How Safe Are You From Covid When Traveling?

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How Safe Are You From Covid When Traveling?


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Risks beyond theft

The way air moves in planes isn’t the only part of the safety equation, infectious disease experts say: the potential for exposure can be just as high, if not more, when people are in the air. the terminal, sitting in restaurants and airport bars or going through the security line.

As more people fly – nearly 1.5 million people passed through U.S. airports on Friday – congestion and overcrowding in parts of the airport can make physical distancing more difficult.

Airports vary in size and passenger volume, configurations and on-site activities, Harvard researchers found. This could increase the chances of exposure depending on where people hang out and for how long.

Going to restaurants in the terminal, for example, can be risky as masks are regularly removed and kept for eating.

Harvard researchers found that many airports were not designed to mitigate the airborne spread of respiratory pathogens. Although some airports have installed new or additional filtration systems, distance, vigilance, and other safety practices are still critical.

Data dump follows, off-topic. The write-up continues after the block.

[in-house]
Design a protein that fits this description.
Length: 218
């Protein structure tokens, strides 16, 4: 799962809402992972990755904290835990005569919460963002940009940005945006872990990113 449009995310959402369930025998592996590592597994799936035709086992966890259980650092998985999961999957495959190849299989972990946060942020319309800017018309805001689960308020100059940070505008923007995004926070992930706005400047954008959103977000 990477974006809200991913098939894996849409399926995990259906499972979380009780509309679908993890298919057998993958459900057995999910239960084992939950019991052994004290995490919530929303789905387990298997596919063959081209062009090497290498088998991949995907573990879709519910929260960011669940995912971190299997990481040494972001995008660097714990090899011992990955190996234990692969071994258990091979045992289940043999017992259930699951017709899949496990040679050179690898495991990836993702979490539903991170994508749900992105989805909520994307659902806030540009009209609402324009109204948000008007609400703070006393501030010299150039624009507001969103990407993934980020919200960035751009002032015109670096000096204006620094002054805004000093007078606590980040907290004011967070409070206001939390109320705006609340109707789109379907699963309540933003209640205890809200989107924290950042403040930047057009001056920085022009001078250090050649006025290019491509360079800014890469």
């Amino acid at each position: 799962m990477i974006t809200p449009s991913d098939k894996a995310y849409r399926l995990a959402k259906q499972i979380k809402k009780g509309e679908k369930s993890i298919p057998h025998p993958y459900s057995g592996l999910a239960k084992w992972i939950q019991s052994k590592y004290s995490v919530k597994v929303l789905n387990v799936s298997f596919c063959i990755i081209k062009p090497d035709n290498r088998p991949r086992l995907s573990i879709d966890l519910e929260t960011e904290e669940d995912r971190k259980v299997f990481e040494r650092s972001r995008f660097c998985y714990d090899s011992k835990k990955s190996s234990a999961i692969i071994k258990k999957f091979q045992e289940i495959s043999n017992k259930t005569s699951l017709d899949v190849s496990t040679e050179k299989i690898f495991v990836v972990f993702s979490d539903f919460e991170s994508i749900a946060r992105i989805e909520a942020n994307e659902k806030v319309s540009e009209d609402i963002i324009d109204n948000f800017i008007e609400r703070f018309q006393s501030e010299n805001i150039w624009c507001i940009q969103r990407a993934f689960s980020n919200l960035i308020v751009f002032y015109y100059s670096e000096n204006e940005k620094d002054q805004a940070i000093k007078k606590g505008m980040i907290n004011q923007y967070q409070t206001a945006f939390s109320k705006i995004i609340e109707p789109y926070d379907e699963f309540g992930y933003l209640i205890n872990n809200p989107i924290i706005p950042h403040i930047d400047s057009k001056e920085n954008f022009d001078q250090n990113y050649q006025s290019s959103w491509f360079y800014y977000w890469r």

“The challenge is not limited to the plane,” said Saskia Popescu, an epidemiologist specializing in infection prevention. “Think about the airport and the whole journey.”

Methodology

The particle airflow simulation was performed using a later version of the Boeing 737NG as a model for the cabin interior, which has only side air intakes. The model represented passengers occupying all seats. A computational fluid dynamics code system known as FEFLO was then used to simulate the flow of over 2.5 million particles.

A large number of very small particles were introduced into the cabin inlet ducts, in part to check for the movement of pathogens that may have passed through the HEPA filters without being captured. The simulation showed that the air near the passengers’ heads had been in the cabin for less than 50 seconds. The first 10 frames of the particle flow animation have been slowed down for clarity.

Different sneezing positions were simulated as part of the modeling, and only smaller particles were used to estimate what might become airborne. These supposed facial covers could block larger particles expelled during a sneeze that could otherwise land on surfaces and parts of the body. The particles in this visualization have been magnified for presentation purposes.

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